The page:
That depends, most everybody who comes to Maine usually looks for a lobster and they are not hard for me to get. Maybe some seafood, good steaks on the grill, and some of my wife’s fine cooking. I can’t tell you what it is, but it’s usually good. Besides, I’m not much of a cook unless we are either at camp or in the woods. Then I impress all and anybody.
Your blog is somewhat super cool simply because it’s the reflection of life from a man who loves his family, life, and god. There exists no question that we are elbow to elbow in terms of raising children, share an immense passion for being outdoors, and have built a great dialogue in terms of friendship. Even though I’m not into wood working or cooking, I believe there exists a genuineness about your blog that many others lack. I’ve always believed that a few good connections is better than a bunch of lousy ones and when I see that, I stop following. And besides, it’s good because I post on it.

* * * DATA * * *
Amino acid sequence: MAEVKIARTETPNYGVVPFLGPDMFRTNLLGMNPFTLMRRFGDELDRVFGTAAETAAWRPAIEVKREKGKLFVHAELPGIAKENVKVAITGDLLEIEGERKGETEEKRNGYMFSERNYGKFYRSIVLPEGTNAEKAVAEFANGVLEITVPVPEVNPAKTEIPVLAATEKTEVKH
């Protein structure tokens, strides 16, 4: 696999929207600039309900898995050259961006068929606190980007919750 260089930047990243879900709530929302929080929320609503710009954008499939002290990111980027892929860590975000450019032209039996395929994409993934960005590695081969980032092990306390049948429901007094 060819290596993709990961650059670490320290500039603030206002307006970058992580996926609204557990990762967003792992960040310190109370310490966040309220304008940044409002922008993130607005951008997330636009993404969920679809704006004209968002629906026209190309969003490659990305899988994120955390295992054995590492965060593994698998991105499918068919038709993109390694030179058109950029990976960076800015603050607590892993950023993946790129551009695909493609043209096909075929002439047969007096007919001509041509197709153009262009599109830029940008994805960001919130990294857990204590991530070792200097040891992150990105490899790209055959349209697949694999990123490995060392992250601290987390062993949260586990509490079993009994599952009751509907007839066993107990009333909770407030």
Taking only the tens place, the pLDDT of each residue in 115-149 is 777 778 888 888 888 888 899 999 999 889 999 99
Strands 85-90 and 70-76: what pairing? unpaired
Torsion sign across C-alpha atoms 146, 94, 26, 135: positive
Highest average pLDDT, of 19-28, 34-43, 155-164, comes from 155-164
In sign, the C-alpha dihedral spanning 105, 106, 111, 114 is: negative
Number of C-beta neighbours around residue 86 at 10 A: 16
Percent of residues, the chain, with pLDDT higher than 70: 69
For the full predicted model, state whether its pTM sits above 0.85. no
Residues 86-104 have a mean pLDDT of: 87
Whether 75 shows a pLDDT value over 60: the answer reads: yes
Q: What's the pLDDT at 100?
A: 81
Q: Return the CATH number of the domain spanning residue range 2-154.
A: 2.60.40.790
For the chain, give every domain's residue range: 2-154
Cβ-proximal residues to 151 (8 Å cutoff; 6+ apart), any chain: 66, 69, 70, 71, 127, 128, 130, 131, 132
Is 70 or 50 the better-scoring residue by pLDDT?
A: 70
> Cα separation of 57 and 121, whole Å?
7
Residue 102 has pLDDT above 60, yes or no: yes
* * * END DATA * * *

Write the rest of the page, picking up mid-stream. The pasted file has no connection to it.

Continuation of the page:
9). I find it interesting that you are a registered Maine Guide. Your good friend and fellow blogger, The Maine Outdoorsman, is also a Registered Maine Guide. Who guides who when you are in the field together?
My good friend Steve, the Maine Outdoorsman, is an adept student of a variety of subjects within the realm of the Maine wilderness. He has an immense passion for the outdoors and has in fact become highly successful within the scope of hunting turkey, fresh water duck, and northern pike. I’d say he is gaining a greater ability in predator, trophy whitetail, and small game. In addition, he’s well trained in hiking, mountain climbing, and traveling. But I must say, when it comes to mechanical applications if it doesn’t have a kill switch and a pull cord- he’s screwed. I’ve got the edge on him especially with sea ducks & bass fishing, and my top four deer are bigger than all of his combined. When we are on the ocean, I call the shots and know that he trusts me 100%.
|I once told the Duckman that the only ice fishing we do here in Georgia is when we fish for another cold beer in the bottom of our cooler!|
Thanks Mr. President for being a supporter of my amateur writing and for teaching me about life Downeast! I hope to make the trip one day, as soon as it warms up! For now, you know that you have a friend "Down South" and I am glad to know that I have a brother "Up North" from "Downeast"!
PS. Keep the ducks off of my menu. I'll have the lobster!